Wigleaf’s round-up of (very) short fiction

I’m delighted to learn that my flash piece Gravity was longlisted for Wigleaf’s yearly round-up of the best very short fiction available online. It was published last year in NANO Fiction, a great little mag specialised in that kind of petite stories.

The top list is 50-story strong, so that’s quite a lot of reading for these long summer nights we have ahead, and when you’re done the longlist will keep you going.

 

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Quote #17 – Albert Londres, reporter

I’ve recently discovered Albert Londres (1884-1932), a globe-trotting French journalist who seems a bit like a real-world, earlier, more principled Tintin:

Misery is like any other State. Only those who live in it know it. Others don’t even think about it. And when sometimes they do talk about it, they do so as of a country they’ve never seen, that is to say that they only talk a lot of nonsense. 

This is from Les Chemins de Buenos Aires (the extract’s translation is mine), a book-length report on the apparently flourishing sex trafficking at the time (1927) between France and Argentina. In this often quite funny first-person account, Londres follows French pimps from Paris to Buenos Aires, tells of how they seduce or trick women into following them, how they cross the ocean and avoid the authorities, how they set them up in Argentina. It’s quite extraordinary to be transported to such a time and place (and milieu), to hear early 20th century pimps in their own words.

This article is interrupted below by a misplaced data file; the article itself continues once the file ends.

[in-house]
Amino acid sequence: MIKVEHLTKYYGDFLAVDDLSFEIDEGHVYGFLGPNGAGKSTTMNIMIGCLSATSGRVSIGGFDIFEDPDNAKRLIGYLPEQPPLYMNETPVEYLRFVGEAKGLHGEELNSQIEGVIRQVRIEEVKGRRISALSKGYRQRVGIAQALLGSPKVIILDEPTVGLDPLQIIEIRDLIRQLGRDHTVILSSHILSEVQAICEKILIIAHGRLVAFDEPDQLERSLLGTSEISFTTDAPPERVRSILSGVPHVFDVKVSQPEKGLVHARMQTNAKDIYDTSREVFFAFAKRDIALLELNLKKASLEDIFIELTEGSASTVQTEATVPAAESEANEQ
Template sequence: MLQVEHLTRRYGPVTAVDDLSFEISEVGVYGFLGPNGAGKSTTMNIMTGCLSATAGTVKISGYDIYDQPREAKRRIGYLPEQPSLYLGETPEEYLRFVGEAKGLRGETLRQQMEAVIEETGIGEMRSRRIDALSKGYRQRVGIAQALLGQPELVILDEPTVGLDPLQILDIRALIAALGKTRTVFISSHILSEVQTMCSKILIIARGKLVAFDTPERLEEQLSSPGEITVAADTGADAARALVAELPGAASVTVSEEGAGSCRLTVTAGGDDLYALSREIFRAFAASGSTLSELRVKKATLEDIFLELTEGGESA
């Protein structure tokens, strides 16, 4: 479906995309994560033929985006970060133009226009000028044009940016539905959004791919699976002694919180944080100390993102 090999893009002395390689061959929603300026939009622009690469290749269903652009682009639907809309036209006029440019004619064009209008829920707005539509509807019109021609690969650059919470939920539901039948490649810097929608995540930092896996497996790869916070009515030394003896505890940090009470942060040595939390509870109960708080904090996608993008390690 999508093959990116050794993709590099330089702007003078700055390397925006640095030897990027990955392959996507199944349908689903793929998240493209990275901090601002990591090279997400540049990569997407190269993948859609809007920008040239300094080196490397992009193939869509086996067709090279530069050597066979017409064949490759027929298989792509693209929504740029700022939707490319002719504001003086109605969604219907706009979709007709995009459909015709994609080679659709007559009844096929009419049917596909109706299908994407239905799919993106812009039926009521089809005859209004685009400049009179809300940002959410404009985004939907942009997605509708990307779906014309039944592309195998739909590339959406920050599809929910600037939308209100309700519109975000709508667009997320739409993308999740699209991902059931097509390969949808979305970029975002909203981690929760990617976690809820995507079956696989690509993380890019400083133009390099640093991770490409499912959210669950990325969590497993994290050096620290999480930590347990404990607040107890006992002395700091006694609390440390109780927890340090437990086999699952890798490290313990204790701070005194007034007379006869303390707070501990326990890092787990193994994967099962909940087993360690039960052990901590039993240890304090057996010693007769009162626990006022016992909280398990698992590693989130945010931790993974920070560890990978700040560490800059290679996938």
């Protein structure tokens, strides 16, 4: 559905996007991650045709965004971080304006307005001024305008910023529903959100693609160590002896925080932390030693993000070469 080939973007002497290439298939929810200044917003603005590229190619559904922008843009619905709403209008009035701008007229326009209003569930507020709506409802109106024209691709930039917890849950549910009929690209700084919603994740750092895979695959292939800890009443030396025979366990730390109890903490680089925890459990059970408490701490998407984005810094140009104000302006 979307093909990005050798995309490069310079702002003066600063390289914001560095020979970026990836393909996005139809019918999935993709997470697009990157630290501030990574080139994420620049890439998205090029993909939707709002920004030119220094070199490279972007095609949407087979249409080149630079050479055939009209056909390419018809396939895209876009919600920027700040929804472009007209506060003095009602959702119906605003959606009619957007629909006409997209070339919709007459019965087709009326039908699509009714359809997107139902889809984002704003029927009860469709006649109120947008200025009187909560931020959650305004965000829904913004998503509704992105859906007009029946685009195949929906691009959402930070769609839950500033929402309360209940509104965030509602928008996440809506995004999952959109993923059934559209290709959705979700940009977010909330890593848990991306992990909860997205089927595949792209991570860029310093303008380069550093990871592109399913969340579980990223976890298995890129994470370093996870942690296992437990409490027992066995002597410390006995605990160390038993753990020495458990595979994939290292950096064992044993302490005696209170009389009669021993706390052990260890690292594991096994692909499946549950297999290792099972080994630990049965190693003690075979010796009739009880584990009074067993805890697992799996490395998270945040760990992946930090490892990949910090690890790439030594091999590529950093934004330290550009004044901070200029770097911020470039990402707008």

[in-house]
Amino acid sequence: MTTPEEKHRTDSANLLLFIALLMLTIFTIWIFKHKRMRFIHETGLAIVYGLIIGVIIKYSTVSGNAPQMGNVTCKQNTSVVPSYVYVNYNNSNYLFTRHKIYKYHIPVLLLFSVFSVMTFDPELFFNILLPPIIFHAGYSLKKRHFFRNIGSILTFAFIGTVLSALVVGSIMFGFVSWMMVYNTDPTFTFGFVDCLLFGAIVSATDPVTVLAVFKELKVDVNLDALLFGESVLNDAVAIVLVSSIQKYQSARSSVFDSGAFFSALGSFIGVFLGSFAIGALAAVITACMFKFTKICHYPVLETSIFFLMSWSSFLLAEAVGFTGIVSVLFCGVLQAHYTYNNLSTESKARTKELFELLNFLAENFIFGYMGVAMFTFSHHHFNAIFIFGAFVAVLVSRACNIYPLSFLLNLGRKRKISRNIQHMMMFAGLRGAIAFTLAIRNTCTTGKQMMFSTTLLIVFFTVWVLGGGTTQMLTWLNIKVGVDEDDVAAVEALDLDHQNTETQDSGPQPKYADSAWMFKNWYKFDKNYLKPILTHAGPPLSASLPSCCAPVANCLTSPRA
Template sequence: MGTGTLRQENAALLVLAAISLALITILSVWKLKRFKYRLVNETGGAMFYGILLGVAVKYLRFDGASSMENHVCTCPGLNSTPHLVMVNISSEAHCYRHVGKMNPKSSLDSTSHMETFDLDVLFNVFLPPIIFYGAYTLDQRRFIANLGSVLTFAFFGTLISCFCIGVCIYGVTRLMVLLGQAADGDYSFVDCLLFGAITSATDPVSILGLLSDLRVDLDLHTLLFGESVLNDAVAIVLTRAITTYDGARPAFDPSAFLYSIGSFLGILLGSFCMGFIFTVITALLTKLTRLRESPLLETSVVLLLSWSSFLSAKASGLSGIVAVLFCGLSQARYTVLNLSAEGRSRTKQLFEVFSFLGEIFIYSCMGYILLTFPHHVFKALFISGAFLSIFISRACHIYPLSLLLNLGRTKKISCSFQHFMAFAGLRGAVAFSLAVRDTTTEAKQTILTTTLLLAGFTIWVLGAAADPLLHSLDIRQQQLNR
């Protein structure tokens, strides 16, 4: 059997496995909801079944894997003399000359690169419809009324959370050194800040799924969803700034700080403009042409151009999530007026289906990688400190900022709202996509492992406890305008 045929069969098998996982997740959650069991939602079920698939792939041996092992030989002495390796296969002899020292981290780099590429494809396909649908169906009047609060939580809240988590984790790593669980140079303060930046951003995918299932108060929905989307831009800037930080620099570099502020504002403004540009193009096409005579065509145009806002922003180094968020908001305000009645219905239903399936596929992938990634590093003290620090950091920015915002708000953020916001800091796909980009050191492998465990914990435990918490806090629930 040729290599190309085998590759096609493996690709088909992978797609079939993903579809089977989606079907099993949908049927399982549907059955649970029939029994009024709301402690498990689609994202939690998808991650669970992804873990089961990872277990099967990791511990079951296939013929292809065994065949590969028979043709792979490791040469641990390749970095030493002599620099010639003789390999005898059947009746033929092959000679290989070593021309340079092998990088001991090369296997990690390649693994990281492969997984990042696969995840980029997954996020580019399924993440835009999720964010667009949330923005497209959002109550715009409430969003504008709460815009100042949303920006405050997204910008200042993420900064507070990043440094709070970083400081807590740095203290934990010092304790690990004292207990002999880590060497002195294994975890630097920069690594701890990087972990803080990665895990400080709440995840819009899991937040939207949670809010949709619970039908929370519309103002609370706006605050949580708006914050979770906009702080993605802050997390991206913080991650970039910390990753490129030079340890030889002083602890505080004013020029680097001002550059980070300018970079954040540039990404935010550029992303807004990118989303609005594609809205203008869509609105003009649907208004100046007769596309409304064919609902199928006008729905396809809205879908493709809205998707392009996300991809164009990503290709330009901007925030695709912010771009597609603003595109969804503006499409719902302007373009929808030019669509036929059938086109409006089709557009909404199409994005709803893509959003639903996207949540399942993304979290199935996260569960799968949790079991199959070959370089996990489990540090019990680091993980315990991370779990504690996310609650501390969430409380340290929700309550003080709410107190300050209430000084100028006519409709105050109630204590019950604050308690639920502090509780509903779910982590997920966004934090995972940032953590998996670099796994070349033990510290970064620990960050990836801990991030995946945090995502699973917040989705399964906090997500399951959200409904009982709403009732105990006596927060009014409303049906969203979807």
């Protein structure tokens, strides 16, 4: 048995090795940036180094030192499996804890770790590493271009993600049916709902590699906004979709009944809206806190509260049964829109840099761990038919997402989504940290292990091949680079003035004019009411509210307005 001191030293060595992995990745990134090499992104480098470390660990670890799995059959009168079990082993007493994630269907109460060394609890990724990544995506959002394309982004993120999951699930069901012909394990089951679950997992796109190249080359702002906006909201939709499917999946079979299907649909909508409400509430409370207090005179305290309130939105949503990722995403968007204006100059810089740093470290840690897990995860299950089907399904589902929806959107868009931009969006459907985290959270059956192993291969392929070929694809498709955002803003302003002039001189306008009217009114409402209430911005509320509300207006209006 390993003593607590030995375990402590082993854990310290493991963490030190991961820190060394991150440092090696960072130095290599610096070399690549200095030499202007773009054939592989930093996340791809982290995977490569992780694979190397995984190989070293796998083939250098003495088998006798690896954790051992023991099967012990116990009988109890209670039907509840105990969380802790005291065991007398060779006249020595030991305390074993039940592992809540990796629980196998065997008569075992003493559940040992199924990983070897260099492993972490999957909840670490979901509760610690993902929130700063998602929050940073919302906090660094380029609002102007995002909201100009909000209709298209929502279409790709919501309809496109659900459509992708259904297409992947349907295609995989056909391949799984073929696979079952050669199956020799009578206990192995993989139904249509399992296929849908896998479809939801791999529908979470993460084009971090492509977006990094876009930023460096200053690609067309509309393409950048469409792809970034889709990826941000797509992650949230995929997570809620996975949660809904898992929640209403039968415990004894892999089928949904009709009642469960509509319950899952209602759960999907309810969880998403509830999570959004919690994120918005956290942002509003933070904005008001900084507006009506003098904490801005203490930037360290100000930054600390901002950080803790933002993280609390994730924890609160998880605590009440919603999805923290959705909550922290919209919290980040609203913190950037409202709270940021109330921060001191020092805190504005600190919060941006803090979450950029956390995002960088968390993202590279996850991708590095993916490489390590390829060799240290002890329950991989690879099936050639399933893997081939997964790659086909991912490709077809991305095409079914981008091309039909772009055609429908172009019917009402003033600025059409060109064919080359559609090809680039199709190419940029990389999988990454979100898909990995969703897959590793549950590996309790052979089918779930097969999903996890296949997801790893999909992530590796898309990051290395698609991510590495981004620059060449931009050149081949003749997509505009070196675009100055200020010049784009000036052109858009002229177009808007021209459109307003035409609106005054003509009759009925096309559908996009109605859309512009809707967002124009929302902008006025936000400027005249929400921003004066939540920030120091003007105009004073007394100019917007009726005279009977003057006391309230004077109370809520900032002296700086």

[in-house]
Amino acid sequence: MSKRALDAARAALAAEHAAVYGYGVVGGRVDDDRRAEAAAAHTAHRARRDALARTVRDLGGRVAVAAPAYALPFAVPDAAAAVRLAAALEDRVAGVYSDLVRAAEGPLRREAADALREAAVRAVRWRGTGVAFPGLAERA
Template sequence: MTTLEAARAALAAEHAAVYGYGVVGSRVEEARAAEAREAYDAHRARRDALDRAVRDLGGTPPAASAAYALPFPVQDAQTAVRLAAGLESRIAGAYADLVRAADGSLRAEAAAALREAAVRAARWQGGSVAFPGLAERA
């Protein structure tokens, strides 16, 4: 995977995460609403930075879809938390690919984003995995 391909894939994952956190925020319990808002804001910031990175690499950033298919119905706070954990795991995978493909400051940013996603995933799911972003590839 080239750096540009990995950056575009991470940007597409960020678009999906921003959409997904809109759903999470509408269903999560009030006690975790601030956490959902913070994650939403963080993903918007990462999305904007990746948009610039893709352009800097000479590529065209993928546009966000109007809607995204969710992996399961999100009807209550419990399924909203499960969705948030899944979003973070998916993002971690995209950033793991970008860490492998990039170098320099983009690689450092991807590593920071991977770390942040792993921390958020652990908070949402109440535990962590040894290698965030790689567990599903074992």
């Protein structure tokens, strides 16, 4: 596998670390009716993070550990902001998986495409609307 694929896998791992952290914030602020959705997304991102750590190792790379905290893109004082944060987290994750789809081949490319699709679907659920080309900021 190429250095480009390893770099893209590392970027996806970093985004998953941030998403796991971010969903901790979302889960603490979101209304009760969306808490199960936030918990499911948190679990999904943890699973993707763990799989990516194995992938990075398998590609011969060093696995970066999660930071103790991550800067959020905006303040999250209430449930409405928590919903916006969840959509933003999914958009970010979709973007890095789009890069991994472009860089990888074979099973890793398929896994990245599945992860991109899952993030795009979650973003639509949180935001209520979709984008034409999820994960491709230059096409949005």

Other works of his that I plan on reading include Au bagne (on the French penal colony in Guyana), Chez les fous (an investigation of mistreatments in psychiatric institutions) as well as works on different subjects set in colonial Africa.

His books are translated in English, but I’m not sure how easily one could get his hands on one. But I’d recommend trying! Or if by any chance you read French, a good few of his works are available for free (Public Domain) on Wikisource.

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Quote #16 – Walter M. Miller

There were several dead refugees, one dead horse, and the dying cavalry officer who was pinned under the horse. At intervals the cavalryman awoke and faintly screamed. Now he screamed for Mother, and again he screamed for a priest. At times he awoke to scream for his horse. His screaming disquieted the buzzards and farther disgruntled the Poet, who was feeling peevish anyhow. He was a very dispirited Poet. He had never expected the world to act in a courteous, seemly, or even sensible manner, and the world had seldom done so; often he had taken heart in the consistency of its rudeness and stupidity. But never before had the world shot the poet in the abdomen with a musket. This he found not heartening at all.

from  A Canticle for Leibowitz,  by Walter M. Miller

 

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Quote #14 Hallucinated Ballard

 

Excited by my own sex, I felt light-headed and generous. All sense of hunger had left me. I decided to startle the placid town with my sex, but not by copulating with these suburbanites still asleep in their bedrooms. I would mount the town itself, transform Shepperton into an instant paradise more exotic than all the television travelogues that presided over their lives.

 

-from The Unlimited Dream Company, by JG Ballard